C h a p t e r 1
Let’s Have a
Now we are met on the great battlefield of a new civil war, and the greatest part of that battlefield is the global warming battle. Now I know that in American-speak you have a word for global warming. Can someone tell me what it is?
Now look here. Barack Hussein Obama has just flown over in Marine One and landed on the White House lawn. He is now hiding behind the drapes in the Oval Office. He cannot hear you. Global warming is?
That’s better. I think he heard that one.
—Lord Christopher Monckton, 20101
Houston, We Have a Problem
“Whenever the people are well informed,” Thomas Jefferson wrote, “they can be trusted with their own government.”2 This sentiment lies at the heart of the American-style democracy that has for more than two centuries inspired the world. Much like the “invisible hand”3 that guides Adam Smith’s economic marketplace, so too does the invisible hand of the people’s will guide the affairs of men and women through the democratic process.
But today the invisible hand seems confused and indecisive. Congress seems paralyzed, unable to act on many key issues that increasingly threaten the economic and environmental vitality of the nation and the planet. Ideology and rhetoric increasingly guide policy discussion, often bearing little relationship to factual reality. And the America we once knew seems divided and angry, defiantly embracing unreason.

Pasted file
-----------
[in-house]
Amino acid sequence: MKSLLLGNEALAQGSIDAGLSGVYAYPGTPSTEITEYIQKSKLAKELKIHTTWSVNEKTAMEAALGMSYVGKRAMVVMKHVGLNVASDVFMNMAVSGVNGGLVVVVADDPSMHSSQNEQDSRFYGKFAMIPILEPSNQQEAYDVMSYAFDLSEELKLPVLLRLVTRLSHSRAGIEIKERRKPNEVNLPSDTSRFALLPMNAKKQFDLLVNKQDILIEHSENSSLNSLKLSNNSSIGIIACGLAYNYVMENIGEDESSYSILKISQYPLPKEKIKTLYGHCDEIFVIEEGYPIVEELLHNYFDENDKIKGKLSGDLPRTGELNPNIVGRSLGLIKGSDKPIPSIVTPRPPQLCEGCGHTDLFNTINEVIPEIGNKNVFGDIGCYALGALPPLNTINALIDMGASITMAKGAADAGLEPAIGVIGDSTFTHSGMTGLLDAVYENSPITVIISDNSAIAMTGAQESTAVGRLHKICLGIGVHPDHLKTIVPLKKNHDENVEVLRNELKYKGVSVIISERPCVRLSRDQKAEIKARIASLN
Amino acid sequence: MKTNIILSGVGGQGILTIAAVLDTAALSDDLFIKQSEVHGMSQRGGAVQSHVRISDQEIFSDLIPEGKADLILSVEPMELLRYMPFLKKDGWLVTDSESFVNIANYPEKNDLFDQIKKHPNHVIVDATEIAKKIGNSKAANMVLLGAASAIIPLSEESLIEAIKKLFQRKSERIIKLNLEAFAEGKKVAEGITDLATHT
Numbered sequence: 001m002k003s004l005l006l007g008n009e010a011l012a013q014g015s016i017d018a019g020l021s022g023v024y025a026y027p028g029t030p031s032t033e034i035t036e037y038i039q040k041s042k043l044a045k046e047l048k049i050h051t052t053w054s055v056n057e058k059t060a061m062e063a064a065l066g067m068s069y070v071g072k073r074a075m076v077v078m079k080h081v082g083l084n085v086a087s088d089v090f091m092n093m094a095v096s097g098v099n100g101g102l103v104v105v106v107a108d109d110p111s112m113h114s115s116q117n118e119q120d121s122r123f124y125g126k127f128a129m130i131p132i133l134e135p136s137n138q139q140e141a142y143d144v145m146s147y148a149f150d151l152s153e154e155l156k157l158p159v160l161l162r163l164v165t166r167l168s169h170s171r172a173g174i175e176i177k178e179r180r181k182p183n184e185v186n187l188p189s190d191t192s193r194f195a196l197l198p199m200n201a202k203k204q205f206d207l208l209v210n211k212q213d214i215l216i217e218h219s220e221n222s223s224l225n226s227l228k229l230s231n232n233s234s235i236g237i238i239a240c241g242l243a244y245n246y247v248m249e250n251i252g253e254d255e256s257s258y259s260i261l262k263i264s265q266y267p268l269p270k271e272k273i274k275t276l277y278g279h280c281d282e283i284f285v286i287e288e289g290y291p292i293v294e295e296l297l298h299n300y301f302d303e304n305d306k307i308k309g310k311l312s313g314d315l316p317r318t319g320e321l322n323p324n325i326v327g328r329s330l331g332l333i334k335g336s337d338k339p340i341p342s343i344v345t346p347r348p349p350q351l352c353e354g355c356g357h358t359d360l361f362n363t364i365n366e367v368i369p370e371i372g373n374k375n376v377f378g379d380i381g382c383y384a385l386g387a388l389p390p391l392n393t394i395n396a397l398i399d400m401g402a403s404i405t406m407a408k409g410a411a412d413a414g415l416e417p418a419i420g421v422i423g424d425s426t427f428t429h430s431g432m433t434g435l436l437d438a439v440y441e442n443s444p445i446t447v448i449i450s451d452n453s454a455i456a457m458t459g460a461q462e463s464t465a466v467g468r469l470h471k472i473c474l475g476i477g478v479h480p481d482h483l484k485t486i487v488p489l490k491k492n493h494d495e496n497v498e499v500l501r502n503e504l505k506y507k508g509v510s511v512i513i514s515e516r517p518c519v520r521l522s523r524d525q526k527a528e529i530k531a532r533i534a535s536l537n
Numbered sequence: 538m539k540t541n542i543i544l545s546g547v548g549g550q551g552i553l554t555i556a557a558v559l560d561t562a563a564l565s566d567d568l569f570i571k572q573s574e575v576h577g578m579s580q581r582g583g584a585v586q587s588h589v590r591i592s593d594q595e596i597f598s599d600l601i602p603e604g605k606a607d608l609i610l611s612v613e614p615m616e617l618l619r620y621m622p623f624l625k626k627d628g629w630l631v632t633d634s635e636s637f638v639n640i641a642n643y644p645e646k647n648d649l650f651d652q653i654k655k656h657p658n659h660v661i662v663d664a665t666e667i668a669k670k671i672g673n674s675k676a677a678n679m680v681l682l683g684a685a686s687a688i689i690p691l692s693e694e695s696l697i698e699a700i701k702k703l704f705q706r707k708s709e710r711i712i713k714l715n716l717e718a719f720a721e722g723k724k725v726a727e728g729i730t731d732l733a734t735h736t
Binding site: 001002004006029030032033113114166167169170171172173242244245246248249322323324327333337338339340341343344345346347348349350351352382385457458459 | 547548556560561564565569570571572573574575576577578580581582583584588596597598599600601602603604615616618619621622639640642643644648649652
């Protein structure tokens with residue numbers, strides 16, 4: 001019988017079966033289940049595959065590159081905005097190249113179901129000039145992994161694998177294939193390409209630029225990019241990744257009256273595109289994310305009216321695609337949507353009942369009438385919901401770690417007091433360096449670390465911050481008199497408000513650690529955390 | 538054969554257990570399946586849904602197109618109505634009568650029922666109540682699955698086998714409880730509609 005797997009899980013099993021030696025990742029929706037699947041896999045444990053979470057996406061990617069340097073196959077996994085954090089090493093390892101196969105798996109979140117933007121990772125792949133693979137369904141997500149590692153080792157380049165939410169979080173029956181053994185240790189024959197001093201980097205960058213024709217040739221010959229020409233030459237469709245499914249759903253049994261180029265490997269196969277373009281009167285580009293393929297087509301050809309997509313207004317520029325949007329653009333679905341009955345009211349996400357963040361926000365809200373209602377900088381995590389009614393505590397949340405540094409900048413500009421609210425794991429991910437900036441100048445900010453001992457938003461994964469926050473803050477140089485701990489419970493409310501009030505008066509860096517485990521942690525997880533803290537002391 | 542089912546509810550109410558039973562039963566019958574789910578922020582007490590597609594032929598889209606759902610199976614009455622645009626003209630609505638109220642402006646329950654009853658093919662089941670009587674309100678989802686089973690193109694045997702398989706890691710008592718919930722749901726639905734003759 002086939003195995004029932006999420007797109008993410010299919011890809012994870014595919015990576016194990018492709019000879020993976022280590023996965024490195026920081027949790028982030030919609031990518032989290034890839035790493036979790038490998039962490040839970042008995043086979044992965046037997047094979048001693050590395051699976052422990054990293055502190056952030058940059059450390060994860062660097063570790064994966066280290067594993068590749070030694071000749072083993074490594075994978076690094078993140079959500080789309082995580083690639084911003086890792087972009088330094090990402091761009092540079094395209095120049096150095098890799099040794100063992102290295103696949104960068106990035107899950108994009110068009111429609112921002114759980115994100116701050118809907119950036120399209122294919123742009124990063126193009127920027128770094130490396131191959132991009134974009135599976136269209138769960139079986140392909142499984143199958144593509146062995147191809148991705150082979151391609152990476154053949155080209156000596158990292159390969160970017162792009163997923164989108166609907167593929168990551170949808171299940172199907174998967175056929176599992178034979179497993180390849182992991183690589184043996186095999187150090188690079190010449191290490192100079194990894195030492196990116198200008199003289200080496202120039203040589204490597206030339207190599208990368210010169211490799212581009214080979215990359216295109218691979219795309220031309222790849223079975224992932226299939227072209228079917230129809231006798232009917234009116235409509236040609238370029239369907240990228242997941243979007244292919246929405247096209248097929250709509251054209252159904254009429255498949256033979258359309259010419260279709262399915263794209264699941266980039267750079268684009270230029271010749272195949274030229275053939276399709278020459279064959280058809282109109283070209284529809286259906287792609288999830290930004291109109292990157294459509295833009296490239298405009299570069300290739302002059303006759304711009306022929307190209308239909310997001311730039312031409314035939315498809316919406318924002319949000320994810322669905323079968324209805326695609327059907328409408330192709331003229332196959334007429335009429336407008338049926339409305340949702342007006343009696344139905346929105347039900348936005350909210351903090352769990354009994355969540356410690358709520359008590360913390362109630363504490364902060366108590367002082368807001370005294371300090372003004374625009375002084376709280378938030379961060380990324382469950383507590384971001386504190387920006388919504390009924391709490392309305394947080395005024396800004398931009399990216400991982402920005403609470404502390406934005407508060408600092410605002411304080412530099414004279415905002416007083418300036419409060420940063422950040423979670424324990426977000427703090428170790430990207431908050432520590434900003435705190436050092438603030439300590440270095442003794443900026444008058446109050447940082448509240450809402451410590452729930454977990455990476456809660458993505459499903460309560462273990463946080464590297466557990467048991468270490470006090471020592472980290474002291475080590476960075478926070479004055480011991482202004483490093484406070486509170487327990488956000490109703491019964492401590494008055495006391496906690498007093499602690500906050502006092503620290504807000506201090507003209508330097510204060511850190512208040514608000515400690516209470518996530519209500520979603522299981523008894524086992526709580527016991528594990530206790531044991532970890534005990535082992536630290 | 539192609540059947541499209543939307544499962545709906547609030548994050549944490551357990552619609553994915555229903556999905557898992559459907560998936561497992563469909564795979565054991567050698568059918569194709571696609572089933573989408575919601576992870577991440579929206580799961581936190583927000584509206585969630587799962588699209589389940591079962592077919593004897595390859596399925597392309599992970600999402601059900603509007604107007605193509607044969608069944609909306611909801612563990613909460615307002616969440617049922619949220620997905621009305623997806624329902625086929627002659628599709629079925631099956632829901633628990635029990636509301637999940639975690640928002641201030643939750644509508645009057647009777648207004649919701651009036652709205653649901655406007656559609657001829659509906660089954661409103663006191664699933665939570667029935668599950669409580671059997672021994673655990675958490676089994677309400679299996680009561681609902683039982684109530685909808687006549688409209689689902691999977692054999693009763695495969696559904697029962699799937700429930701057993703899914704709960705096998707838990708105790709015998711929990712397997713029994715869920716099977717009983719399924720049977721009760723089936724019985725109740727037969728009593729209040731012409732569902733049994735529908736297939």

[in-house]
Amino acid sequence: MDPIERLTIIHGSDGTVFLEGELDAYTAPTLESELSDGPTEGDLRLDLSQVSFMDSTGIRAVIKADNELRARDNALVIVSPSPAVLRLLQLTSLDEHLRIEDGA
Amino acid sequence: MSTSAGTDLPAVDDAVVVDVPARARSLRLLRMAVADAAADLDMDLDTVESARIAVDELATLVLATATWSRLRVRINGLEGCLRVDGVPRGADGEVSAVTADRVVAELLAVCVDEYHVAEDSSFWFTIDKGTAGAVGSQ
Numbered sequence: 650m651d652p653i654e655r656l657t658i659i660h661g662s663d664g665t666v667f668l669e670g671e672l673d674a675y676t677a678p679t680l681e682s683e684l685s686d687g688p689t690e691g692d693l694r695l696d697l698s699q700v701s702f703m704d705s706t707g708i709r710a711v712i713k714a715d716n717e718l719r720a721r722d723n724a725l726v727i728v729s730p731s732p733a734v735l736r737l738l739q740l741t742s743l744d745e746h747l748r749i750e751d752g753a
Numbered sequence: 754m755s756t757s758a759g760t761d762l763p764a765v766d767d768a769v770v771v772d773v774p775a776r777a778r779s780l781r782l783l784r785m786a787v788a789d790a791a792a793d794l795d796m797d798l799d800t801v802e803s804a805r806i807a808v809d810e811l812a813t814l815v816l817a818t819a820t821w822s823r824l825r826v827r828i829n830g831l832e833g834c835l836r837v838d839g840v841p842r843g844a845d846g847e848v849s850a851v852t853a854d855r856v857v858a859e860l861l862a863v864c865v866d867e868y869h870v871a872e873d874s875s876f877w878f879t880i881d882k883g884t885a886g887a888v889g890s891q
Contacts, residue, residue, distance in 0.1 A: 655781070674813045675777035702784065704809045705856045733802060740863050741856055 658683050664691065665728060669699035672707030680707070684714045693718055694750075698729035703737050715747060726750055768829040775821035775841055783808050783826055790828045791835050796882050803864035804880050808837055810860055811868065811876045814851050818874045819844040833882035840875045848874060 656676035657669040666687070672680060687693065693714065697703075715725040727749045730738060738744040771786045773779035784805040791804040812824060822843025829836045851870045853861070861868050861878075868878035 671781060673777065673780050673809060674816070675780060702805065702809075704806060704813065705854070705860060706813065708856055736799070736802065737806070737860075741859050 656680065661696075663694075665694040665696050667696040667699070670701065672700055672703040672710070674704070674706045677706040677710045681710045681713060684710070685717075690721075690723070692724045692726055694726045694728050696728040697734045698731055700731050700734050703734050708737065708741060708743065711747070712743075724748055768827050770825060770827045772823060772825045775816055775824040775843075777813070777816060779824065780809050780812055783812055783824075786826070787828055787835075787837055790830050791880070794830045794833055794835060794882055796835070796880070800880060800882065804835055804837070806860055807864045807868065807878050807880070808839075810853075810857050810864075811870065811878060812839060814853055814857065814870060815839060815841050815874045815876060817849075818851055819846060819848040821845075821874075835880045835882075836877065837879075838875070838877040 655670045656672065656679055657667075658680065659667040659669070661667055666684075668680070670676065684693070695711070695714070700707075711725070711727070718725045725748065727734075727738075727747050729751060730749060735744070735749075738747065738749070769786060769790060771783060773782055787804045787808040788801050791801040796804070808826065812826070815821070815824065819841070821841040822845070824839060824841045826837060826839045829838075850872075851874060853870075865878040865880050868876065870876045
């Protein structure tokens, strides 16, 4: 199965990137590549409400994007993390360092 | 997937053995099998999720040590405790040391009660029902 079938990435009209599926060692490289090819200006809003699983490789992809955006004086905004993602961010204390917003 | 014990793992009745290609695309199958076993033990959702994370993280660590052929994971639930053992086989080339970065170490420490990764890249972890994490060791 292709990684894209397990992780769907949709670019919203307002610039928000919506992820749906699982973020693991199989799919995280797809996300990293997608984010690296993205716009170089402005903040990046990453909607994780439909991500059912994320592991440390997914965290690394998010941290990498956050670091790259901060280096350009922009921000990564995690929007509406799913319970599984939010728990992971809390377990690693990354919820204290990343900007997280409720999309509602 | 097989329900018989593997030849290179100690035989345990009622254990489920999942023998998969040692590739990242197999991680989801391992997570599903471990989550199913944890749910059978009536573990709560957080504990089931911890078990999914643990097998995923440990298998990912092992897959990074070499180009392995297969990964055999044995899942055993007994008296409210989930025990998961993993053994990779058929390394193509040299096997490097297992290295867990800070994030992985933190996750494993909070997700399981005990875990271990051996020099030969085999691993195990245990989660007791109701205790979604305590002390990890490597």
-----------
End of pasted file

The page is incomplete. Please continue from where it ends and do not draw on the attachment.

At the same time, science is exploding all around us. There is a phase change going on in the scientific revolution: a shifting from one state to another, as from a solid to a liquid. There is a sudden, quantitative expansion of the number of scientists and engineers around the globe, coupled with a sudden qualitative expansion of their ability to collaborate with each other over the Internet. These two changes are dramatically speeding up the process of discovery and the convergence of knowledge across once-separate fields, a process Harvard entomologist Edward O. Wilson calls consilience.4 We now have fields of inquiry where economics merges with environmental science, electrical engineering with neuroscience and physics, computer science with biology and genetics, and many more. This consilience is shedding new light on long-held assumptions about economics, the world we live in, and the nature of life itself.
Over the course of the next forty years, science is poised to create more knowledge than humans have created in all of recorded history. How that knowledge will impact life, and whether our society and our form of government will be able to withstand the rush, depends upon how we answer political questions we are currently struggling with. There is unfortunately no similar phase change going on in our politics, and therein lies the rub. Can we manage the new science revolution to our best advantage, or will we be its unwilling victims?